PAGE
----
# Spline basis function notation to include constraint for continuity at the knots

I know splines use basis functions to approximate a function locally, so that the function in one region is approximated with a weighted sum of these basis functions. Suppose the input is one-dimensional and suppose we use $$h$$ to indicate the basis functions and $$\beta$$ for the coefficients in one region we have:

$$y(x) = \sum_{i=0}^N h_i(X) \beta_i$$

For example, assuming a first order polynomial we can use a constant basis function $$h_0(X) = 1$$ and a first order function $$h_1(X) = X$$. The sum becomes:

$$y(x) = \sum_{i=0}^1 h_i(X) \beta_i =\beta_0 h_0(X)+\beta_1 h_1(X) = \beta_0+\beta_1 X$$

In the region $$j$$ we can approximate the function as:

$$f_j(x) = \beta_{j,0} + \beta_{j,1} X$$

and in the region $$j+1$$:

$$f_{j+1}(x) = \beta_{j+1,0} + \beta_{j+1,1} X$$

To force continuity at the knot (or boundary) point $$\xi$$:

$$\beta_{j,0} + \beta_{j,1} \xi = \beta_{j+1,0} + \beta_{j+1,1} \xi$$

In the Elements of Statistical Learning book it is said:

A more direct way to proceed in this case is to use a base that incorporates the constraints $$h_2(X)=(X-\xi)_+$$ where $$t_+$$ denotes the positive part.

I don't understand this notation and how it fits into the previous one with the sum: what does the sum becomes? Is it something like that?

$$f_j(x) = \beta_{j,0} h_0(X)+ \beta_{j,1} h_1(X)+ \beta_{j,2} h_2(X)=\\ =\beta_{j,0} + \beta_{j,1} X+ \beta_{j,2} (X-\xi)^+ = \\= \beta_{j,0} + \beta_{j,1} X+ \beta_{j,2} X -\beta_{j,2} \xi^+$$

and in the region $$j+1$$:

$$f_{j+1}(x) = \beta_{j+1,0} h_0(X)+ \beta_{j+1,1} h_1(X)+ \beta_{j+1,2} h_2(X)=\\ =\beta_{j+1,0} + \beta_{j+1,1} X+ \beta_{j+1,2} (X-\xi)^+ = \\= \beta_{j+1,0} + \beta_{j+1,1} X+ \beta_{j+1,2} X -\beta_{j+1,2} \xi^+$$

How does this expression embed the constraint?

Here's how I like to think of bases using functions like $$h(x) = (x - \xi)^p_+$$. Usually there will be a global $$p$$-degree polynomial and these bases can be viewed as "correcting" it, and the knots $$\xi$$ are where the next correction "turns on". And because $$x \approx \xi$$ when a new correction starts, it begins very gently and that's why things like continuity are preserved.

Here's a gif of this process for your case. The coefficients aren't shown, but the idea is that we start with the dotted black line as our only "on" basis function, but then when we pass the first knot, where the red basis function activates, we then add in that red line but with some weight. Since we're adding two linear functions it stays linear, and initially the red line is small so we keep continuity too, but it "bends" the current function into a different one. Then when we get to the green basis function it's the same thing, it "turns on" and again corrects the current function but keeps continuity and linearity.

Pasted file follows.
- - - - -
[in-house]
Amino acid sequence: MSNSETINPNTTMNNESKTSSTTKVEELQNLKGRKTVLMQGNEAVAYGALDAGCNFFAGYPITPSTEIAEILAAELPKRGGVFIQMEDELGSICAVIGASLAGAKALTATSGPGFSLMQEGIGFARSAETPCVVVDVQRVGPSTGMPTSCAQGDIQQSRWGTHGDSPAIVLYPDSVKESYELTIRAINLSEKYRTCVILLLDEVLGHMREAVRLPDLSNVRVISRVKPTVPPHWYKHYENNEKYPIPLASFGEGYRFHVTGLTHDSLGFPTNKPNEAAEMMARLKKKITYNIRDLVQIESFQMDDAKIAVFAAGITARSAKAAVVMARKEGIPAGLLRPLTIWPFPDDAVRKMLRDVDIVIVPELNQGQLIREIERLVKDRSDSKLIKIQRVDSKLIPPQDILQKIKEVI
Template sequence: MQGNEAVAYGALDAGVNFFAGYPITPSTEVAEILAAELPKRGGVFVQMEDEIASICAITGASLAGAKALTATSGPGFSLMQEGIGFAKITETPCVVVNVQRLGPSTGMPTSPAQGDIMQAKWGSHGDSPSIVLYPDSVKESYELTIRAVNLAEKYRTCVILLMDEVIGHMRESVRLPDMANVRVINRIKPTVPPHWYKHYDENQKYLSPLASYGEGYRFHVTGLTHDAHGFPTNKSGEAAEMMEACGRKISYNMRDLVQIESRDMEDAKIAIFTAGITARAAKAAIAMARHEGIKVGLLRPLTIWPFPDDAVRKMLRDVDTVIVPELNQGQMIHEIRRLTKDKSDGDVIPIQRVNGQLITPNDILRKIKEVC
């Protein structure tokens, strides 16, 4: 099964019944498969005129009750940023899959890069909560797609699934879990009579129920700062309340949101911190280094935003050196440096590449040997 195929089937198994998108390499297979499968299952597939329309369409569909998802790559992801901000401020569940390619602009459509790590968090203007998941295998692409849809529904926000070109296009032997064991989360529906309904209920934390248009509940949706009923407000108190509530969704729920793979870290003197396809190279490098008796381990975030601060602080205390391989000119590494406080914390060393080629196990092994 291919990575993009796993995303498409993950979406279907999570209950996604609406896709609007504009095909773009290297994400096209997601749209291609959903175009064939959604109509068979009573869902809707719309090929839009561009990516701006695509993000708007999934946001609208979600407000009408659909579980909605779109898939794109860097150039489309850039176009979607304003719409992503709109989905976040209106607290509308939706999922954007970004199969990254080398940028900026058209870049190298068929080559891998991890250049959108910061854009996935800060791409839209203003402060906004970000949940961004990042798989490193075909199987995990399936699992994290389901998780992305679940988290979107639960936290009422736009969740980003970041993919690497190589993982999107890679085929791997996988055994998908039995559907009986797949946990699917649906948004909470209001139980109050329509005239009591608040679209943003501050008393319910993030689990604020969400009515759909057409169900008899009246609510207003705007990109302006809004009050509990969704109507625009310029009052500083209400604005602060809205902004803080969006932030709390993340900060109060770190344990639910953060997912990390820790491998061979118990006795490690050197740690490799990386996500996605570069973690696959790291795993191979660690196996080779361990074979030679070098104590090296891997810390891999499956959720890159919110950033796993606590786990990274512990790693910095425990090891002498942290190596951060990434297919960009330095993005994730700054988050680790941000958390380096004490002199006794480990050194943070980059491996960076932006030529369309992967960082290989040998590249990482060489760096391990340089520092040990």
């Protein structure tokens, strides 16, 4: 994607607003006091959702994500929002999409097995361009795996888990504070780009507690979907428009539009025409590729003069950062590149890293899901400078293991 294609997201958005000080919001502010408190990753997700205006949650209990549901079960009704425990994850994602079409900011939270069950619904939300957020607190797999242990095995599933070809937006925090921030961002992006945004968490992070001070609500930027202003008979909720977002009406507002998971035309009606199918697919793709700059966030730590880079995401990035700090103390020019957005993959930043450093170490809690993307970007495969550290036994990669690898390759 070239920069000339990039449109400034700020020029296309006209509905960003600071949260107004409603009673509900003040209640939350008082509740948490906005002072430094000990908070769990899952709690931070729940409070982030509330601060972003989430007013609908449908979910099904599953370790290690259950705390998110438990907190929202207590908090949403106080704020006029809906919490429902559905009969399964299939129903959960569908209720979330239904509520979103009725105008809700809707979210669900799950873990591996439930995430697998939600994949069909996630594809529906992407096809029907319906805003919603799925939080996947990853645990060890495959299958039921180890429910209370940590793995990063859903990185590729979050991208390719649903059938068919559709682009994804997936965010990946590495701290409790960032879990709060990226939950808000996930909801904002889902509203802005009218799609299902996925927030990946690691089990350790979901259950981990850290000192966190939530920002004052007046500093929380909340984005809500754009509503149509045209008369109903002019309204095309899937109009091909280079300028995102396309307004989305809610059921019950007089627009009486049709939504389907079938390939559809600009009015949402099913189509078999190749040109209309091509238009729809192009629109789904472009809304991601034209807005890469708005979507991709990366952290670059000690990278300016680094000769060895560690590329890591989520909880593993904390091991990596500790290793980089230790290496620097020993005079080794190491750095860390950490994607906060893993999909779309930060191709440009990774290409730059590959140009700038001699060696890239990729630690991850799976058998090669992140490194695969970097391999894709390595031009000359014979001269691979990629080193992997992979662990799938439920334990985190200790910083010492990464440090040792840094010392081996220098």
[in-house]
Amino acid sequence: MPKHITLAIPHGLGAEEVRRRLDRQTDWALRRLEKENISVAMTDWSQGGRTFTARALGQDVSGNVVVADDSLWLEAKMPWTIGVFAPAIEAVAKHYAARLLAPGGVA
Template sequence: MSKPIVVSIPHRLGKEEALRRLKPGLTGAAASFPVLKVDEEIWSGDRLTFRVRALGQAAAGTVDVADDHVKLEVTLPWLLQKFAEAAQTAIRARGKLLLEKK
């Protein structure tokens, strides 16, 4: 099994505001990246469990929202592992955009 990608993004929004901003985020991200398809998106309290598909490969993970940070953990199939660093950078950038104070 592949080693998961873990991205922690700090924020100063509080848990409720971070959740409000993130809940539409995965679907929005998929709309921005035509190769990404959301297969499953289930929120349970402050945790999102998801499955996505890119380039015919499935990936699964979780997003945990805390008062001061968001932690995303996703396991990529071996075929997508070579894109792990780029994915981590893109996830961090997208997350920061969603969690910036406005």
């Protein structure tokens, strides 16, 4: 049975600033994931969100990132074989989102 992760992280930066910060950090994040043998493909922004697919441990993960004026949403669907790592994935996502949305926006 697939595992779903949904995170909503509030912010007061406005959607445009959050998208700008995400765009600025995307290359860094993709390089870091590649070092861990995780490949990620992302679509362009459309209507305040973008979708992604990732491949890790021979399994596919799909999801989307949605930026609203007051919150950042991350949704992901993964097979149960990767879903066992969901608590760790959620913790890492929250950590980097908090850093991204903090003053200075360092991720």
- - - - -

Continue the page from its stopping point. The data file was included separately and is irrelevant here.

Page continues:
This also shows why this basis is terrible numerically: as we progress, we may have small outputs but they are obtained by adding and subtracting increasingly large numbers since more and more of our basis functions are "on". That's why in practice compactly supported bases like B-splines are preferred, but they are less interpretable.

This view to me makes the contraints seem fairly apparent, and I find this much more helpful than expanding a bunch of things and looking for it there. But you are correct that in general our spline will be of the form $$y(x) = \beta_0 + \beta_1 x + \sum_{j=2}^m \beta_j h_j(x)$$ and with this particular bases many of the $$h_j$$ may be zero for a particular $$x$$.

To show mathematically why this basis keeps continuity, we need only look at an arbitrary knot since it's linear up til then. So let $$\xi$$ be our knot, $$g(x) = ax + b$$ be the line leading into the knot, and $$h(x) = (x-\xi)_+$$ is the basis function that's about to activate. We're considering $$f(x) = g(x) + \beta h(x) \\ \; \\ = \begin{cases} ax + b & x < \xi \\ (a + \beta)x + (b - \xi\beta) & x \geq \xi\end{cases}.$$ These are both linear so continuity is the only issue.

As $$x$$ increases to $$\xi$$ from below we'll have $$f(x) =g(x)$$ since we're just adding in $$0$$ from $$h$$. And as $$x$$ decreases to $$\xi$$ we'll be adding in smaller and smaller amounts since $$|x-\xi|\to 0$$, so this that the left and right hand limits agree and we have continuity.

Here's the same gif but for a cubic spline. It's not nearly as dramatic now when a new basis gets activated since their effect necessarily starts more gently since the curve is twice differentiable at the knots. • Thank you the gif are really good. My bad was that I was missing the meaning of + in the basis function. Anyway lots of insights in ur question :) – Francesco Boi Oct 29 '19 at 16:23
• @FrancescoBoi great, glad this was helpful! – jld Oct 31 '19 at 15:18